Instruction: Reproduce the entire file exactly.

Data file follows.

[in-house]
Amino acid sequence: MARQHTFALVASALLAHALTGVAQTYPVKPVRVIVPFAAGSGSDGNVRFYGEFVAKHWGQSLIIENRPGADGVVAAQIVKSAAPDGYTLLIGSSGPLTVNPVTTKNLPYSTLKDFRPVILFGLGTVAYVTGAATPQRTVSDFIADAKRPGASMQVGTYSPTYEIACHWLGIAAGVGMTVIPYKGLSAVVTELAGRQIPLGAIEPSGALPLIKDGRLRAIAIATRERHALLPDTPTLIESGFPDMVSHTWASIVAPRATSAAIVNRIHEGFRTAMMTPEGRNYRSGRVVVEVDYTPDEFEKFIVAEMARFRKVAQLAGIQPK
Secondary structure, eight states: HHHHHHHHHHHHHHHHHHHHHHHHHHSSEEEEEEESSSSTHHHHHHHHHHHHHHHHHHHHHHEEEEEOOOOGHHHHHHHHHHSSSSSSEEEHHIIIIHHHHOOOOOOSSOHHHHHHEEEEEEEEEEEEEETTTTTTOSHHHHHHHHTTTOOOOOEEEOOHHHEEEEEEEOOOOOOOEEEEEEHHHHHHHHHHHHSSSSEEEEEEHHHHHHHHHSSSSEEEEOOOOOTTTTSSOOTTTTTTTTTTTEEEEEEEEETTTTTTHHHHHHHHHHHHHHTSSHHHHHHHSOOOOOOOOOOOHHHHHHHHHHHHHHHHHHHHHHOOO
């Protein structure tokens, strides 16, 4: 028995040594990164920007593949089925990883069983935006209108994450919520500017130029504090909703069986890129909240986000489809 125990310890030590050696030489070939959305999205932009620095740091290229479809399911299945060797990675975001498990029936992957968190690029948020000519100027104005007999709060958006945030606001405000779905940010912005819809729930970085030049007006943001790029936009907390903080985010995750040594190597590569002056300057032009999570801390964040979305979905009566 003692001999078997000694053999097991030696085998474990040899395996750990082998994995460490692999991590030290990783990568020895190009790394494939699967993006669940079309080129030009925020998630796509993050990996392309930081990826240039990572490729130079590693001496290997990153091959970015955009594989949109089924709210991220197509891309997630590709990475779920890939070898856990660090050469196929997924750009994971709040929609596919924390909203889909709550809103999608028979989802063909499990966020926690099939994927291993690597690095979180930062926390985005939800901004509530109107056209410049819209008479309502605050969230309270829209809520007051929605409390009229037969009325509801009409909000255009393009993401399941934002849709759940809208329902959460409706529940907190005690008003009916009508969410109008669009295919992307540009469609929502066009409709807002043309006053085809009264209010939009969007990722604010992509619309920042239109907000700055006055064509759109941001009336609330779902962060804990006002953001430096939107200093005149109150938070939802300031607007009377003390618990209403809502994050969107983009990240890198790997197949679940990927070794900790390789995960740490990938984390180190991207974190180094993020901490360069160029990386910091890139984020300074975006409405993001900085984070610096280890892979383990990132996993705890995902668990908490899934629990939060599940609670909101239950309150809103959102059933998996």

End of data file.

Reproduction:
[in-house]
Amino acid sequence: MARQHTFALVASALLAHALTGVAQTYPVKPVRVIVPFAAGSGSDGNVRFYGEFVAKHWGQSLIIENRPGADGVVAAQIVKSAAPDGYTLLIGSSGPLTVNPVTTKNLPYSTLKDFRPVILFGLGTVAYVTGAATPQRTVSDFIADAKRPGASMQVGTYSPTYEIACHWLGIAAGVGMTVIPYKGLSAVVTELAGRQIPLGAIEPSGALPLIKDGRLRAIAIATRERHALLPDTPTLIESGFPDMVSHTWASIVAPRATSAAIVNRIHEGFRTAMMTPEGRNYRSGRVVVEVDYTPDEFEKFIVAEMARFRKVAQLAGIQPK
Secondary structure, eight states: HHHHHHHHHHHHHHHHHHHHHHHHHHSSEEEEEEESSSSTHHHHHHHHHHHHHHHHHHHHHHEEEEEOOOOGHHHHHHHHHHSSSSSSEEEHHIIIIHHHHOOOOOOSSOHHHHHHEEEEEEEEEEEEEETTTTTTOSHHHHHHHHTTTOOOOOEEEOOHHHEEEEEEEOOOOOOOEEEEEEHHHHHHHHHHHHSSSSEEEEEEHHHHHHHHHSSSSEEEEOOOOOTTTTSSOOTTTTTTTTTTTEEEEEEEEETTTTTTHHHHHHHHHHHHHHTSSHHHHHHHSOOOOOOOOOOOHHHHHHHHHHHHHHHHHHHHHHOOO
């Protein structure tokens, strides 16, 4: 028995040594990164920007593949089925990883069983935006209108994450919520500017130029504090909703069986890129909240986000489809 125990310890030590050696030489070939959305999205932009620095740091290229479809399911299945060797990675975001498990029936992957968190690029948020000519100027104005007999709060958006945030606001405000779905940010912005819809729930970085030049007006943001790029936009907390903080985010995750040594190597590569002056300057032009999570801390964040979305979905009566 003692001999078997000694053999097991030696085998474990040899395996750990082998994995460490692999991590030290990783990568020895190009790394494939699967993006669940079309080129030009925020998630796509993050990996392309930081990826240039990572490729130079590693001496290997990153091959970015955009594989949109089924709210991220197509891309997630590709990475779920890939070898856990660090050469196929997924750009994971709040929609596919924390909203889909709550809103999608028979989802063909499990966020926690099939994927291993690597690095979180930062926390985005939800901004509530109107056209410049819209008479309502605050969230309270829209809520007051929605409390009229037969009325509801009409909000255009393009993401399941934002849709759940809208329902959460409706529940907190005690008003009916009508969410109008669009295919992307540009469609929502066009409709807002043309006053085809009264209010939009969007990722604010992509619309920042239109907000700055006055064509759109941001009336609330779902962060804990006002953001430096939107200093005149109150938070939802300031607007009377003390618990209403809502994050969107983009990240890198790997197949679940990927070794900790390789995960740490990938984390180190991207974190180094993020901490360069160029990386910091890139984020300074975006409405993001900085984070610096280890892979383990990132996993705890995902668990908490899934629990939060599940609670909101239950309150809103959102059933998996």